Live Export

Frustrations build over long delays with Independent Observer reports

James Nason, September 20, 2019

OF the 66 livestock export voyages completed so far in 2019 with independent observers (IOs) on board, formal reports have only been published for 14 to date on the Department of Agriculture’s dedicated IO reporting website.

Pictures included in an Independent Observer summary report from a shipment of sheep and cattle exported to Israel in February 2019.

And of the 60 voyages completed with IOs in 2018, reports for 19 are still yet to be published.

Some of the yet-to-be-reported journeys were completed a full year ago.

Asked why it was taking so long for many IO reports to be published after each journey, the Department of Agriculture declined to elaborate, responding to the question with a single line answer:

“The department publishes independent observer summary reports as soon as practicable after the voyage is completed.”

Agriculture minister David Littleproud ordered independent observers to travel on all future livestock export voyages last year following the release of images showing heat-stressed Australian sheep suffering and dying enroute to the Middle East.

IO reports for large numbers of journeys completed several months ago are still yet to be published on the Department’s dedicated Independent Observer report page.

The role of observers was to monitor and report on all aspects of management from loading in the Australian port to unloading in the international port of destination, taking daily photos and recording observations about animals’ access to water, feed, and adequacy of the ventilation.

Exporters were required to pay the cost of having IOs accompany their shipments, which, added tens of thousands of dollars to their costs for each journey.

Despite some initial resistance from individual exporters, the Australian Livestock Exporters’ Council accepted the introduction of IOs on voyages, seeing it as an effective and independent way to publicly demonstrate that the vast majority of export voyages occur without animal welfare incident.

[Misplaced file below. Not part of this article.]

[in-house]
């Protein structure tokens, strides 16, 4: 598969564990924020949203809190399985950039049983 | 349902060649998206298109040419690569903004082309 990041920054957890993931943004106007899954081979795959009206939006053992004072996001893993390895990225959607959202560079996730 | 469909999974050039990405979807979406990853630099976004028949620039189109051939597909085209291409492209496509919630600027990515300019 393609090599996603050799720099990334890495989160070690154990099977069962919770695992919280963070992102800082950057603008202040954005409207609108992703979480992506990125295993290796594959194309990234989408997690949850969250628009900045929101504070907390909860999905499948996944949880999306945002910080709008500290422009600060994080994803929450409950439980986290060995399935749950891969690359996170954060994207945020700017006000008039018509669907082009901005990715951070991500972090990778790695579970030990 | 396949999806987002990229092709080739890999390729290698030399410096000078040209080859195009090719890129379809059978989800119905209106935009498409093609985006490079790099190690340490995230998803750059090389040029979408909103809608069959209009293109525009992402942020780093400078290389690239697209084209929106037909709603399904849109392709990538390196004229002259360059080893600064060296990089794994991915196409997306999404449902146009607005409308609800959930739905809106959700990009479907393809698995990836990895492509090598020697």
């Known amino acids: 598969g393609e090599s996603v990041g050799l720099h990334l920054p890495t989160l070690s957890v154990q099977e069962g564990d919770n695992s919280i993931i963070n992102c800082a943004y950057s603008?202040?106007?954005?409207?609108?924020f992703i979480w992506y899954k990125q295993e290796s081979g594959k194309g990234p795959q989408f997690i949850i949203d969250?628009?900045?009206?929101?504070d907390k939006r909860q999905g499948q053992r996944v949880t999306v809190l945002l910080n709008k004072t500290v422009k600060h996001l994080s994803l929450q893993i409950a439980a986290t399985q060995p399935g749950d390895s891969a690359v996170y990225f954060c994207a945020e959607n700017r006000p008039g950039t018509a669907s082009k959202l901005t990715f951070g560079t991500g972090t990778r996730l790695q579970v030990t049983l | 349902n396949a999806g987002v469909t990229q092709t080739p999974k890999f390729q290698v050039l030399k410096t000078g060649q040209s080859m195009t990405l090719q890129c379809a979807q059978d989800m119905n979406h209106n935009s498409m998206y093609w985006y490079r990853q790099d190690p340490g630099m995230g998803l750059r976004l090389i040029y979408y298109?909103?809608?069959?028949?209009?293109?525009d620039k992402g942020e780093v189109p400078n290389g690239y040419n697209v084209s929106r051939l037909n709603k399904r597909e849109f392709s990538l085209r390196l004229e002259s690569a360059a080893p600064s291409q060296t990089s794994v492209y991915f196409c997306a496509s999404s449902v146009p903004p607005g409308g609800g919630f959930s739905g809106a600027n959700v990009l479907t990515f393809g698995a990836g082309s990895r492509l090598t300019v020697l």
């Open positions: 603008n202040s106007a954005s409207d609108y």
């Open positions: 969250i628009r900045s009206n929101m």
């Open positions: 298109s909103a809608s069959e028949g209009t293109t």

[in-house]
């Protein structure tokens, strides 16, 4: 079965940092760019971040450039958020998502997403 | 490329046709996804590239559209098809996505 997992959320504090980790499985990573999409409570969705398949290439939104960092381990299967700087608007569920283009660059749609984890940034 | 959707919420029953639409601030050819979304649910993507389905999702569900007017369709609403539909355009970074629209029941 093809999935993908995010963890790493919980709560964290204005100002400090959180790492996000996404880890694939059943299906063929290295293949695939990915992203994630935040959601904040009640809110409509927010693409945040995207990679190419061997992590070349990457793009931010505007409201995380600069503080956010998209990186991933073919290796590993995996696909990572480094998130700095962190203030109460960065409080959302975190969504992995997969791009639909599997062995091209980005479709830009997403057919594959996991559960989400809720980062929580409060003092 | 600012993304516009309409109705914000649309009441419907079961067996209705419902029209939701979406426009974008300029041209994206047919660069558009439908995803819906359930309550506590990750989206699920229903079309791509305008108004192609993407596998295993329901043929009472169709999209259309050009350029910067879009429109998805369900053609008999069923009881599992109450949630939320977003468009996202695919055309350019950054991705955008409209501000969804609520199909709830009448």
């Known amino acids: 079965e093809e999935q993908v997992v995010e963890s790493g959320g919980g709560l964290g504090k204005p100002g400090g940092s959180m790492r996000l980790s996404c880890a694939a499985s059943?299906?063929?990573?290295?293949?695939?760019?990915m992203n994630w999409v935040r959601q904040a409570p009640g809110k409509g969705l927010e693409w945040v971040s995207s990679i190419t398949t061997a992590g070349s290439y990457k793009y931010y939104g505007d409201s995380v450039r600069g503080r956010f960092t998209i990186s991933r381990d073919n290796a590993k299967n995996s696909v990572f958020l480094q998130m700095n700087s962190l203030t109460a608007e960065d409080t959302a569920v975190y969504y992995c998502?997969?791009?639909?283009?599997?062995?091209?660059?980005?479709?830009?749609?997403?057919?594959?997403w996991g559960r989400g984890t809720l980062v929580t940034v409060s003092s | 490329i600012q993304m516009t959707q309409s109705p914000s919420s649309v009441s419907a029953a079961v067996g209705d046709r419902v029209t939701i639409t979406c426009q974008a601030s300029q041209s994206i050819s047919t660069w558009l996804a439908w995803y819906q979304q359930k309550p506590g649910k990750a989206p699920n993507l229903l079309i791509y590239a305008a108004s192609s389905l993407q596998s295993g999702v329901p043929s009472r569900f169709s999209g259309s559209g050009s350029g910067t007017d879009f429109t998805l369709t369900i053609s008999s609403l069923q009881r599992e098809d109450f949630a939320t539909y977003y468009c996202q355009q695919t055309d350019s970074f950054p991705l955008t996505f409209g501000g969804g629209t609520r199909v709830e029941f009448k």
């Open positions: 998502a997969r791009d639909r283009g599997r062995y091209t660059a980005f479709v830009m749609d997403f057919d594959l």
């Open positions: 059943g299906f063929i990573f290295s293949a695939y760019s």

The IO reports would also provide another degree of monitoring that would help to ensure any onboard issues identified on vessels could be quickly rectified.

However, in practice, as the above figures show, the industry has been frustrated by regular and repeated delays in the publishing of IO reports.

“If the IO report reveals issues on a voyage, hearing about those issues 12 months afterwards doesn’t allow you to address them in a timely fashion,” one exporter told Beef Central.

“Exporters are as in the dark as to why it is taking so long as anyone.”

New ALEC chief executive officer Mark Harvey-Sutton.

Australian Livestock Exporters’ Council CEO Mark Harvey-Sutton agreed it was frustrating for exporters.

“The main reason we’d like the reports to come out earlier is if there is an issue, it is very hard to address it if you’re getting the report months later,” he said.

“The billing process is also slow which creates issues for exporters as well, so there are delays right through the program in all aspects”.

One voyage on the Department website which is listed as ‘in progress’ dates back to August 2018.

The Department said that particular voyage did not leave port with livestock after its Australian Certificate for the Carriage of Livestock was revoked by the Australian Maritime Safety Authority. A summary deport is planned to detail the incident and will be published, the Department told Beef Central.

Other journeys for which reports have yet to be published date back as far as September and November 2018.

In response to questions about what percentage of voyages have been accompanied by IOs in the past 12 months, the Department said independent observers were deployed on 41 per cent of all livestock export voyages that departed Australia in 2018-19.

“All voyages carrying sheep to the Middle East in the northern hemisphere summer have had an independent observer on board,” the department said.

“Since 1 November 2018, independent observers are required on all voyages, where possible.”

Exceptions were granted for smaller vessels that cannot accommodate an additional observer, in which case an existing staff member is required to fulfil the role.

Mr Harvey-Sutton said exporters were accepting of IOs but would like the program to run more efficiently.

In particular ALEC has been calling for a shift to a risk-based approach, with IOs required on journeys deemed to be higher risk but not on routine shorter runs with proven strong welfare records.

The Interim Inspector General of Live Animal Exports is currently conducting a review into monitoring and reporting during livestock export voyages through which ALEC will further make the case for a shift to risk-based approach to using IOs on vessels.

 

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